For one cannot acquire wisdom,
Unless it is experienced,
Through the opening of the heart.
The consort or counterpart of Vishnu is Mahallakshmi. Like Vishnu, she represents the sattvaguna. The sustaining principle of existence. She is then, the complete acceptance and love that sees perfection and beauty in all things as they are. There is, therefore, no need or impulse to improve or be different, simply to love. In itself, this love is a transformative power.
From Goddess Mahalakshmi we can learn the all important lesson in any healing, or growth process. Acceptance, genuine and complete acceptance is the first step to transform anything.
Lakshmi is commonly worshipped to engender the energies of wealth and abundance in ones life. Of course, material wealth and comfort are desirable and to an extent necessary for most people.
However, it should not be overlooked or forgotten that the thirst for external wealth is never truly quenched through material acquisition. True abundance is an inner state of being that ideally overflows into what we do. It is not the result of actions.
The internal state of complete abundance and wealth can be felt even in situations of physical lack or poverty. This is the true meaning of Lakshmi.
Goddess Lakshmi is typically depicted holding lotus flowers, with which is she closely associated. The Lotus represents various things. Mainly it signifies the purity that is associated with Lakshmi.
MahaKali – The third the feminine face of God
O Mother-Fire! Thy storm-eyed ken
Tortures my eyeless fate.
Before me shine all wonder-ways
Of thy immortal Gate.
The face of rapture thy stroke unveils.
Matchless forever Thou art
To make us reach the Peak unknown,
The One’s all-embracing Heart.
The fount of Power at thy Feet abides.
Thy cosmic dance of Noon
Throws fast on earth the nectar-floods
Of snow-white fire-pure Moon.
Kali is the consort of Lord Shiva. As the representation of the Tamoguna within this trinity she represents the dissolution of all things into their essence. This can be seen as death, it can also be seen as the process of rebirth. Alternatively it is the potential of ignorance to be dissolved into wisdom.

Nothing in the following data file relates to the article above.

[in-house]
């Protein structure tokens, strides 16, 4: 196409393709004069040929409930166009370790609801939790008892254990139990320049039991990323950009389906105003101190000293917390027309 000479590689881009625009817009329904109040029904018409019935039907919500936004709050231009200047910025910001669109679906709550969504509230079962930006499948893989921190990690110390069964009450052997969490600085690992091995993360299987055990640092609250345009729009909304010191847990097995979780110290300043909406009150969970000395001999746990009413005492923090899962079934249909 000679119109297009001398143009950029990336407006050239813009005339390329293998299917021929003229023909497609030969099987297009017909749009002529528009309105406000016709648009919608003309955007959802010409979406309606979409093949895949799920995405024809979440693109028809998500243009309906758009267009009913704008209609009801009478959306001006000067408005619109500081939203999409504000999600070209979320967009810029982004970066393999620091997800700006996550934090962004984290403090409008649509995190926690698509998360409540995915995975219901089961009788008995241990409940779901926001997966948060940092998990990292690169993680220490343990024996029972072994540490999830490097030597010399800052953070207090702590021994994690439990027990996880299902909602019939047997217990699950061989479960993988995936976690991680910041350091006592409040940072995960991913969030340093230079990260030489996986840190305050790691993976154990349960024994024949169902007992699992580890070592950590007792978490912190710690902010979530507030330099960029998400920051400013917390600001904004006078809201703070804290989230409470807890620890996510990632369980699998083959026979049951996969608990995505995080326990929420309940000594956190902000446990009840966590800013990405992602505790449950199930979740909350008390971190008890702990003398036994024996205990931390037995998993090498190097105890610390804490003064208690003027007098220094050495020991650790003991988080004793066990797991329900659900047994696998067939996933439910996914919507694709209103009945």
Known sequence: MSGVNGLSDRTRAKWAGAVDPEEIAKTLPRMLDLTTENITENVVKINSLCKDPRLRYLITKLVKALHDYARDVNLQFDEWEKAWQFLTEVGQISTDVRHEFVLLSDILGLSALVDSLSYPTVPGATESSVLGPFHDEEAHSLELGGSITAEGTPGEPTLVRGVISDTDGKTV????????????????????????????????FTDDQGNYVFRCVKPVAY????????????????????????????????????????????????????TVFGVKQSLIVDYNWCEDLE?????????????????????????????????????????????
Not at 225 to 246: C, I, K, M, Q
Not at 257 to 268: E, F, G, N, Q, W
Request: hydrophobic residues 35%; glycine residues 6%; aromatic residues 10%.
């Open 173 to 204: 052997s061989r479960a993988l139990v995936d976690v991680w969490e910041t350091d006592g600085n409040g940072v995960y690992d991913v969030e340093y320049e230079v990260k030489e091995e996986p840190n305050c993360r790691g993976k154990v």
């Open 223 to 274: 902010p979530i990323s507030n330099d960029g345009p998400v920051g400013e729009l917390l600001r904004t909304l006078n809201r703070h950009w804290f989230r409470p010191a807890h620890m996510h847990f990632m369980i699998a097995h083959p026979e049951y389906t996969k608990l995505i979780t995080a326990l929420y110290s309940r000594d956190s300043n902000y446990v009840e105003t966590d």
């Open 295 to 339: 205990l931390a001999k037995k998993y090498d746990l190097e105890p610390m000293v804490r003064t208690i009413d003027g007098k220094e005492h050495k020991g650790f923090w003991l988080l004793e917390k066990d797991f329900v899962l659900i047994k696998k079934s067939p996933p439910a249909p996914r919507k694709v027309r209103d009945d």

She is often seen as a menacing force as she represents the powerful and potentially destructive power of the feminine. Hoever this is a misunderstanding. Kali represents love. The specific aspect of love that calls us to forget or leave behind the fetters of the mind.
Losing interest in material life (thus dissolving or potentially destroying those interests) allows the absorption of the mind in its source. This might be scary but it is not bad. This indeed is the foundation of the spiritual journey.
Mahakali carries a curved sword, used for chopping heads (egoic patterns). She also wields a trident, just as her consort Shiva. This trident has many meanings and significances, usually connected with the various trinities, the 3 common states of consciousness (waking, dream and deep sleep). The Trimurti or Tridevi etc.
The severed head, gruesome as it may seem, represents desire, craving and aversion. The blood dripping into the skull cup represents the transmutation of these apparent limitations into the path itself. Essentially into wisdom. This is the foundation of the tantric path to liberation.